There was no NFL Scouting Combine in 1953. In 1953, World War II had barely been over for eight years. There were just two NFL teams west of the Mississippi River—the Los Angeles Rams and the San Francisco 49ers—and integration had been a part of the pro football landscape for just seven seasons.
The Broncos would not be born for six years, and they would not have their first players and play their first game for another year after that.
No, there was no combine.
There was word of mouth and the occasional long distance telephone call or telegram, with the latter being very rare.
But the man who is our oldest Denver Broncos player and who scored the first touchdown in Broncos and American Football League history came out of that draft, so we can never celebrate Al Carmichael too much.
He was a talented halfback with movie-star looks, which figures, since he was also in the movies.
Carmichael was born on November 10, 1928 in Boston, which is mildly coincidental since that is where the first Broncos game was played, but his family gravitated toward the West Coast at that time of marvelous growth and expansion in America.
Like so many football players of that era, he joined the Marines first, and was lured to college by his play on service teams. Carmichael went to Santa Ana College, one of those schools that proved to be a treasure trove of talent in California.
His team reached the junior college title game, and Carmichael would move on to the University of Southern California.
Some guys really have had storybook careers, and so too did Carmichael.
In those days, a lot of USC players became stuntmen and extras in the movie business to pick up some cash--like Marion Morrison (better known as John Wayne) and Ward Bond (from Denver's East High School) had before.
So too did Al, and as soon as he got on campus he found himself in "Saturday's Hero," the John Derek football movie.
In 1953, he was in "The All-American" and scored the only touchdown in the USC Rose Bowl win over Wisconsin, on a pass and run from Rudy Bukich for the Trojans' 7-0 victory.
And it does not get more Hollywood than this: Online photo documentation shows that he posed with a young starlet named Marilyn Monroe after the Rose Bowl win.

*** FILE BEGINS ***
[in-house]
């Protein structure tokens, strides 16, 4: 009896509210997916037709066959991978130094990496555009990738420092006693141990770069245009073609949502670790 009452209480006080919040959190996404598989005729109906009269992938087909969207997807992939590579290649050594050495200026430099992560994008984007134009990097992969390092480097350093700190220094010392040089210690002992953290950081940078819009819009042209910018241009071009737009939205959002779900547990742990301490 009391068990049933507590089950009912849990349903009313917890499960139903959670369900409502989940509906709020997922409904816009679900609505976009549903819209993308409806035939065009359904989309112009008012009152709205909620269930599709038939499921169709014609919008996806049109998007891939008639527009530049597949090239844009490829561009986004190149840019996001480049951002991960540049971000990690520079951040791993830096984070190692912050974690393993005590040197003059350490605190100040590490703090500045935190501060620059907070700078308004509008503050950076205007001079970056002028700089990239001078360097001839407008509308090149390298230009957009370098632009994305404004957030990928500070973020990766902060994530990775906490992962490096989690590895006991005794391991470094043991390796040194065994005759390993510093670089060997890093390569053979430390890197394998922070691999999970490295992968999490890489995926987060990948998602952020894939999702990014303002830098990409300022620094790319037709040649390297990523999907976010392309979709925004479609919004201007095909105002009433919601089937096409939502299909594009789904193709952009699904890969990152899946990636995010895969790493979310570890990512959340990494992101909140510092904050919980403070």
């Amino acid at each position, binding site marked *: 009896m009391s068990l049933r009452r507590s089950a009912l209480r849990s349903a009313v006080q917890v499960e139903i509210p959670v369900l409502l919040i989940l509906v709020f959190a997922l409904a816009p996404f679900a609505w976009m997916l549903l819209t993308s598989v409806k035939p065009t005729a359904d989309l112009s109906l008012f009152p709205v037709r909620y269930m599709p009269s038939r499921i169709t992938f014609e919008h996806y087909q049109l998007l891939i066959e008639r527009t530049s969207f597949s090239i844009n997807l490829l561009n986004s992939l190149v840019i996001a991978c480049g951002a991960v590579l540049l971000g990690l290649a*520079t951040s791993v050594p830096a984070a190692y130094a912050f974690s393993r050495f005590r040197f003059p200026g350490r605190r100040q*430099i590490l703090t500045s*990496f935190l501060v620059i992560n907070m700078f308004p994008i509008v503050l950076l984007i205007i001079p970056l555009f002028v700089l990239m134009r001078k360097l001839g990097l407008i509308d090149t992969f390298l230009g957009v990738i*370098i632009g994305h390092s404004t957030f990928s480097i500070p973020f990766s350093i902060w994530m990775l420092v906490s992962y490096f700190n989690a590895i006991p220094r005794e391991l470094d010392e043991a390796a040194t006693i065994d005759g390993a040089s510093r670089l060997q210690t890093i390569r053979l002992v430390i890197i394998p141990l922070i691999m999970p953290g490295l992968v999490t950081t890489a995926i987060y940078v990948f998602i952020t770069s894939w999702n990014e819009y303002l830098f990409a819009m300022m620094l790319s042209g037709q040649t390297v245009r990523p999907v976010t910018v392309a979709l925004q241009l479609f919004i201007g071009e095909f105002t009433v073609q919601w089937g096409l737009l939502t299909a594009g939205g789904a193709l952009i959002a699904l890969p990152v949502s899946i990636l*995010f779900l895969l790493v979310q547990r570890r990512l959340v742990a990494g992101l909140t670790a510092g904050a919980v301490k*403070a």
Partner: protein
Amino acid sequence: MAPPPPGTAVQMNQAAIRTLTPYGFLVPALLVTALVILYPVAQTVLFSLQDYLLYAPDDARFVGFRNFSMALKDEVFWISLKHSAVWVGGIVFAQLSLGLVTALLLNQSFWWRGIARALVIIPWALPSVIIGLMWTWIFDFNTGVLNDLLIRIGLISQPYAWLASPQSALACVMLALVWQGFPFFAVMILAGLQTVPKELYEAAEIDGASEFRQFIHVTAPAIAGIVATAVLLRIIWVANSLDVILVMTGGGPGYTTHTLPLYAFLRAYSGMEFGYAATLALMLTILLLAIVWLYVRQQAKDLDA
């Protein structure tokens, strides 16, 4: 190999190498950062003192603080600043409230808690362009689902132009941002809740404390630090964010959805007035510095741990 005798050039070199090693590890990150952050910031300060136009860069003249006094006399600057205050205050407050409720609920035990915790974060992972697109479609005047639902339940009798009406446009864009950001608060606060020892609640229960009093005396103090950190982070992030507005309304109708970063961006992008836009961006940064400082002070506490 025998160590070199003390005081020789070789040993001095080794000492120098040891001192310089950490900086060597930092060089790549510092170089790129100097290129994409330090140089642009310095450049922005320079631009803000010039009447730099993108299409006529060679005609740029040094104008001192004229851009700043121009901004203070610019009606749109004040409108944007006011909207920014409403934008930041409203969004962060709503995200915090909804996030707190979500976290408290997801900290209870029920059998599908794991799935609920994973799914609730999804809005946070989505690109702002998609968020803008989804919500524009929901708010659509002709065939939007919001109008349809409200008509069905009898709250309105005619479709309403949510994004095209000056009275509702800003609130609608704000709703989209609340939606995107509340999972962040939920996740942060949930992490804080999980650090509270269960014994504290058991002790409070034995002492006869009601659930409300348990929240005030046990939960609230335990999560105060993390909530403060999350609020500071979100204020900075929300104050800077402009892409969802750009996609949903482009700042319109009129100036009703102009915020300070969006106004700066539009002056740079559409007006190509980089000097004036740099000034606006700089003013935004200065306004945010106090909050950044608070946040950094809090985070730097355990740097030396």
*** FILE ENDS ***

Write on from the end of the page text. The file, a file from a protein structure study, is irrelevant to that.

So, since word of mouth was the primary scouting tool, word of mouth took over in his case and Carmichael found himself drafted by the Green Bay Packers in the first round. Imagine that today: a first round draft choice selected almost sight unseen, at least in person.
They had just begun televising the Rose Bowl nationally the year before USC beat Wisconsin.
He had plenty of company in that 1953 draft, including future Hall of Famers Doug Atkins (first round), John Henry Johnson (second), Bob St. Clair (third), Stan Jones (fifth), Joe Schmidt (seventh), Chuck Noll (20th round) and eight-time consecutive Pro Bowl tackle Roosevelt Brown (27th round, 321st pick, by the Giants).
There were also undrafted stars, as usual, including linebacker Bill Pellington and defensive end Gene "Big Daddy" Lipscomb, who never went to college at all. Both Pellington and Lipscomb went on to win a championship in The Greatest Game Ever Played.
Interestingly, Carmichael was not the only future Bronco taken in round one, as the fabled "Johnny O"--Johnny Olszenski of Cal--was chosen by the Chicago Cardinals in the first round. You can guess what number "Johnny O" used to wear--he finished his pro football career wearing number zero as a Denver fullback in 1962.
Those were the days of pure Hollywood in terms of characters.
Carmichael played for the Packers from 1953 through 1958 and led the NFL in kickoff returns twice, earning a spot in the Green Bay Packers Hall of Fame.
The 1960 Broncos draft was conducted by General Manager Dean Griffing out of the pages of Street and Smith's College Football magazine, and when he was finished drafting, he decided to sign some vets to go with his largely worthless rookie class.
Carmichael thought his football days were over when he received the invitation to play in Denver, but he was a true star on that inaugural Broncos team.
He scored that first touchdown on a 59-yard pass from fellow NFL retread—and future Ring of Famer—Frank Tripucka, and he amassed 1,535 all-purpose yards for the mustard and brown (as opposed to the future orange and blue) in 1960.
Carmichael still holds the mark as the oldest Bronco to lead the team in kickoff return average-he was 32 and his average was a snappy 26.4 yards per return.
Just to top off the year in 1960, he appeared in the legendary Kirk Douglas film, "Spartacus," very likely the only NFL player to have 1,500 yards for his team and appear in a Hollywood epic of such a scale in the same year.
In his career, Carmichael had 8,316 all-purpose yards, he later prospered in Southern California real estate, and as you might imagine, still has Hollywood good looks today.
Following his professional football career, he wrote a book, "106," by far the largest and heaviest book I have ever lifted and read, the title coming from his legendary 106-yard kickoff return touchdown while with the Packers, still the 10th longest return touchdown in NFL history. And as mentioned, he was honored post-career by entry into the illustrious Packers' Hall of Fame
I have had the privilege of meeting him once, at a press conference I scheduled in our 50th anniversary season.
Al was so dapper, from haircut to shoes and everything in between. He was all class and elegance and in total command of the room of reporters. Of course, he had plenty of experience playing before lights and cameras.
The Broncos in 2016 enter into our 57th year of play with the Super Bowl 50 Lombardi Trophy in tow, but the story of Al Carmichael reminds us that talent finds its way to a team in a lot of different ways, and sometimes a star is born even without a combine.